At this point the speaker utters for the first time an emotion brought about by her encounter with the fish: admiration for “his sullen face.” It is with this expression of admiration that the narrator is enabled to notice details that her previous painstaking examination failed to uncover, details that will increase her admiration and intensify her experience. Embedded in the fish’s mouth are five additional hooks, trailing broken fishing lines of various weights. After realizing the fish’s earlier successful battles, she “stared and stared.” Her thought process remains unrevealed, but in it there occurs a moment of epiphany, realization, comprehension. It is for the narrator a moment of breakthrough, of seeing something clearly and holistically that was previously unapprehended and which will slip away as the moment fades. For that moment, however, “victory filled up/ the little rented boat.” Even nature cooperates with the inner dynamic of the speaker as oil and bilge water within the boat combine with sunlight “until everything/ was rainbow, rainbow, rainbow!” It is at this point that she, almost automatically, without the need for thought, releases the fish.

Forms and Devices

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Last Updated on May 5, 2015, by eNotes Editorial. Word Count: 553

The narrator’s empathy with the fish arises from her concentrated examination of him. Bishop conveys this empathy to the reader through dense and exacting descriptive phrases replete with similes and metaphors. Every single word serves to convey what the fish is like and indirectly communicates the narrator’s thoughts and feelings. In her initial examination, the speaker compares his skin to strips of “ancient wall-paper,” a homely image that belies her apparent objectivity by depicting the fish in terms of something familiar. As she extends her wallpaper imagery, she stresses the age of the fish, for, appearing on the wallpaper/fish are “shapes like full-blown roses/ stained and lost through age.” While the fish has not fought her, he has not given up for his gills continued to struggle to strain the “terrible oxygen” of the air. The narrator refers to them as “frightening gills” and hints at past experiences in which she discovered that gills “can cut so badly.” The description of the fish is exhaustively thorough; nothing is neglected, not the banal, the possibly disgusting, or the frightening. Though objective, the description alludes to thoughts and feelings and prepares the reader for the narrator’s response.

As the narrator relates those parts of the fish that she cannot see, her desire to do so and her choice of imagery again reveals her growing empathy. She envisions “white flesh/ packed in like feathers,” “the dramatic reds and blacks/ of his shiny entrails,” and even his swim bladder which she compares to a “big peony.” Nothing about the fish disgusts her as she concentrates on what is before her. The narrator devotes more imagery to the eyes than to any other part of the fish. Traditionally it is the eye that conveys much about person or creature. Here too, for the first time, the comparison is not with an outside object, but initially, at least, with her own eyes. Noting that the fish’s eyes are “larger than mine/ but shallower, and yellowed,” she strains for an exact representation, describing the irises as “backed and packed/ with tarnished tinfoil/ seen through the lenses/ of old scratched isinglass.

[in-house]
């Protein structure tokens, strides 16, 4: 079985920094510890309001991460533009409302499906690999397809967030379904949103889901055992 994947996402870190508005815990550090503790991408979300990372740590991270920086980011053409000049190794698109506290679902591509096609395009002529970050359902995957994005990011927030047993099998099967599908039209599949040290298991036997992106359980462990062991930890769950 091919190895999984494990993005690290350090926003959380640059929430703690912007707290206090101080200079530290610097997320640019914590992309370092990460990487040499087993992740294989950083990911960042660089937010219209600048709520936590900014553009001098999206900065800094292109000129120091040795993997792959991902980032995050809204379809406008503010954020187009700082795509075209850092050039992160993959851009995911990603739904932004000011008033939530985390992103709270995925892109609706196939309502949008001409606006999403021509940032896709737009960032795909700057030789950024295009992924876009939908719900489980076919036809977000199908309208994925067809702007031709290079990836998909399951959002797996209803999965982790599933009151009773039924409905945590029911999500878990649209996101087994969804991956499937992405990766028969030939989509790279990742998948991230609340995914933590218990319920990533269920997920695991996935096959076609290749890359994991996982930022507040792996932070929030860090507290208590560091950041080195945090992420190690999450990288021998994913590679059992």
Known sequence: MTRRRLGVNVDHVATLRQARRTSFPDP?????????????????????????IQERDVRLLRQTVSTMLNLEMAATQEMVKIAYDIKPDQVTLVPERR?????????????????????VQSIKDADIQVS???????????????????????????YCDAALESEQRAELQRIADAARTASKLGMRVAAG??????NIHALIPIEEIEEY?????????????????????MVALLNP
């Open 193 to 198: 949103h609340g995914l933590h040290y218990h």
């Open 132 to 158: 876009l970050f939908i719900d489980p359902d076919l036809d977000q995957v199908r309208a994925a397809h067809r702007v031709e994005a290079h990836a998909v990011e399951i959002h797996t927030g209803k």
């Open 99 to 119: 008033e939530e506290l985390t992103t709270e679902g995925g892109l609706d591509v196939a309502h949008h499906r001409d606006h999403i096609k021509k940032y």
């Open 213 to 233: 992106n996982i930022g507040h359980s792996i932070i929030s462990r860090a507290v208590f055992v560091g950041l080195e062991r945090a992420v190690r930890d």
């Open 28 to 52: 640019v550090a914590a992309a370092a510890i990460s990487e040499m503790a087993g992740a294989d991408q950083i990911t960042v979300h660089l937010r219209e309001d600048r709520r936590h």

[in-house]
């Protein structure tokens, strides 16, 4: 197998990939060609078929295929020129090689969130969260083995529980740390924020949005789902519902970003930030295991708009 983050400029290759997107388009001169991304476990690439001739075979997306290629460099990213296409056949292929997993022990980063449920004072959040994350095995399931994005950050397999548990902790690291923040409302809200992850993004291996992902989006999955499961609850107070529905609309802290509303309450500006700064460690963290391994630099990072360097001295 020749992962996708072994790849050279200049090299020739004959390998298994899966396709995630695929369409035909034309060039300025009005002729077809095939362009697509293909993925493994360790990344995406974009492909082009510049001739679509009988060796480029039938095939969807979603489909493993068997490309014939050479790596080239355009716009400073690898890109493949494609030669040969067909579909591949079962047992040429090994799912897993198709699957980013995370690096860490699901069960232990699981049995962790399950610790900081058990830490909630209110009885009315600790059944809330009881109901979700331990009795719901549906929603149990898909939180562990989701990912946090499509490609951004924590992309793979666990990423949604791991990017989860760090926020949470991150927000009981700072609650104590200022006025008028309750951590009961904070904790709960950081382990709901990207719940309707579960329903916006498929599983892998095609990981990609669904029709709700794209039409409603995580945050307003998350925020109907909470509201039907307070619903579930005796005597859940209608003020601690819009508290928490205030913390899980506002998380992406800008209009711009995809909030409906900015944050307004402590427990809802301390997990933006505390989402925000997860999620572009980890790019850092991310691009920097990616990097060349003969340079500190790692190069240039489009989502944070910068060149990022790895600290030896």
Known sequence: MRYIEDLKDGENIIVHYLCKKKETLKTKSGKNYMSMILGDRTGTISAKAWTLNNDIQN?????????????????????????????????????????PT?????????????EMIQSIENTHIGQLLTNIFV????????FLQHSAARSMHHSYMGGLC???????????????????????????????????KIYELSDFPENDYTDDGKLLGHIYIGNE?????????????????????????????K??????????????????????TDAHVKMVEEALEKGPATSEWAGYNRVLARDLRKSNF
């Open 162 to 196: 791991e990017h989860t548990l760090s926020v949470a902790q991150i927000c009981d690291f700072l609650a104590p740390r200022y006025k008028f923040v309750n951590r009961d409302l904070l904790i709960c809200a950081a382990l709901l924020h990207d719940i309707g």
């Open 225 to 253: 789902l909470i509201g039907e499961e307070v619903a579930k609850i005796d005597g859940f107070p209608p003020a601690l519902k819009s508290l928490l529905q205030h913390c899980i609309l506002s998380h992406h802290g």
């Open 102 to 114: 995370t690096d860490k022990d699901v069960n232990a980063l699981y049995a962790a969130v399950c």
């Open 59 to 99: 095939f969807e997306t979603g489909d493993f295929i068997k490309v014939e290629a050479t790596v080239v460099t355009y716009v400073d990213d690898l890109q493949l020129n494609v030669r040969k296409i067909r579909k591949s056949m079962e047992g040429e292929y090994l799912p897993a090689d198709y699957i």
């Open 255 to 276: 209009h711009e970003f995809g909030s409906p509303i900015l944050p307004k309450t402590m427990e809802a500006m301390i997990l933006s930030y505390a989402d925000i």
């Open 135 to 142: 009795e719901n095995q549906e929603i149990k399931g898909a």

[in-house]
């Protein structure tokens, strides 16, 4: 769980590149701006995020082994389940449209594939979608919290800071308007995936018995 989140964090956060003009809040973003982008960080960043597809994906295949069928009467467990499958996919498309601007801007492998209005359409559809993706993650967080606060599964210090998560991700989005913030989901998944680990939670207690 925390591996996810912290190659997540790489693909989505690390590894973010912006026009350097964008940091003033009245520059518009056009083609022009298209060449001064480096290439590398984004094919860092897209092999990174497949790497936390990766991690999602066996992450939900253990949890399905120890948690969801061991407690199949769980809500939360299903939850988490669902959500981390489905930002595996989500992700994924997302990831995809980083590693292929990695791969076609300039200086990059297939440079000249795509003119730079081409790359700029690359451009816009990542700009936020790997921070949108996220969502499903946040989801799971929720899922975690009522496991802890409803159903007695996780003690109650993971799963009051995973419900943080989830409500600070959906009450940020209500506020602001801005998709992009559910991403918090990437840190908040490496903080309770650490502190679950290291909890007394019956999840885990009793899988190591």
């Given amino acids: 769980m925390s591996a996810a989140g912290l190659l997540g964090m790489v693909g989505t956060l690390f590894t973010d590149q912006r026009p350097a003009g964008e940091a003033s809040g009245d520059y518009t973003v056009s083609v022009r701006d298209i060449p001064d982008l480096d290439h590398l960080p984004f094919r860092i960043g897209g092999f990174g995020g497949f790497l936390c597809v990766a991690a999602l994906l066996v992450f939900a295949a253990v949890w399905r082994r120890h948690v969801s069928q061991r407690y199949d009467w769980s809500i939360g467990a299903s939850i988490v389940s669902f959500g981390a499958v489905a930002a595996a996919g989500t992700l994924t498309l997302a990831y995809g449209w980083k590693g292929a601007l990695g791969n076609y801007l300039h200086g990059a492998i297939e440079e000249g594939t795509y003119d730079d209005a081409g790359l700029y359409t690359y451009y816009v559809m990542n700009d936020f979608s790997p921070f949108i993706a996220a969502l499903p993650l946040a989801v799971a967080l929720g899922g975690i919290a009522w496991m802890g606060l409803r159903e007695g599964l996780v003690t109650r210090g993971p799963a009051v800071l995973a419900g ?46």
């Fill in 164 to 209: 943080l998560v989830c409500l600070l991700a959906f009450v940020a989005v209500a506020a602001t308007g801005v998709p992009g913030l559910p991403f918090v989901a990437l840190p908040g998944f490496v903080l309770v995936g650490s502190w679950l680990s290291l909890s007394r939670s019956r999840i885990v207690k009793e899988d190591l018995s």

When the narrator notices the hooks, she notes that they are hanging from a lip that is “grim, wet, and weapon-like.” She describes the hooks and trailing lines as “medals with their ribbons” and a “five-haired beard of wisdom.” Obviously the fish has become a kind of symbol for the human qualities the narrator and Bishop admire: courage, strength, perseverance, shrewdness. Yet it never becomes abstract for these very qualities are inherent in the actual, living fish. Neither is the personification of victory an abstraction as it fills the boat, but it is the very real result of the narrator’s concentration on the unique individuality of the fish. The rainbow at the end of the poem literally takes over everything, making all the faulty and ordinary artifacts of the boat, the “rusted engine,” the “bailer rusted orange,” the “sun-cracked thwarts,” into itself “until everything/ was rainbow, rainbow, rainbow!” This final image speaks of the transformation taking place within the narrator through an encounter with what appears ordinary to the outward eye. Yet the rainbow, too, preserves its own reality as oil in bilge water. The ordinary reveals the uncommon when penetrated by perceptual imagination.


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Last Updated on May 5, 2015, by eNotes Editorial. Word Count: 176

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Boland, Eavan. “An Unromantic American.” Parnassus: Poetry in Review 14 (Summer, 1988): 73-92.

Fountain, Gary. Remembering Elizabeth Bishop: An Oral Biography. Amherst: University of Massachusetts Press, 1994.

Kirsch, Adam. The Wounded Surgeon: Confession and Transformation in Six American Poets: Robert Lowell, Elizabeth Bishop, John Berryman, Randall Jarrell, Delmore Schwartz and Sylvia Plath. New York: W. W. Norton, 2005.

MacMahon, Candace, ed. Elizabeth Bishop: A Bibliography, 1927-1979. Charlottesville: University Press of Virginia, 1980.

Millier, Brett C. Elizabeth Bishop: Life and Memory. Berkeley: University of California Press, 1993.

Motion, Andrew. Elizabeth Bishop. Wolfeboro, N.H.: Longwood, 1986.

Parker, Robert Dale. The Unbeliever: The Poetry of Elizabeth Bishop. Urbana: University of Illinois Press, 1988.

Schwartz, Lloyd. That Sense of Constant Readjustment: Elizabeth Bishop “North & South.” New York: Garland, 1987.

Schwartz, Lloyd, and Sybil P. Estess, eds. Elizabeth Bishop and Her Art. Ann Arbor: University of Michigan Press, 1983.

Travisano, Thomas J. Elizabeth Bishop: Her Artistic Development. Charlottesville: University Press of Virginia, 1988.

Wylie, Diana E. Elizabeth Bishop and Howard Nemerov: A Reference Guide. Boston: G. K. Hall, 1983.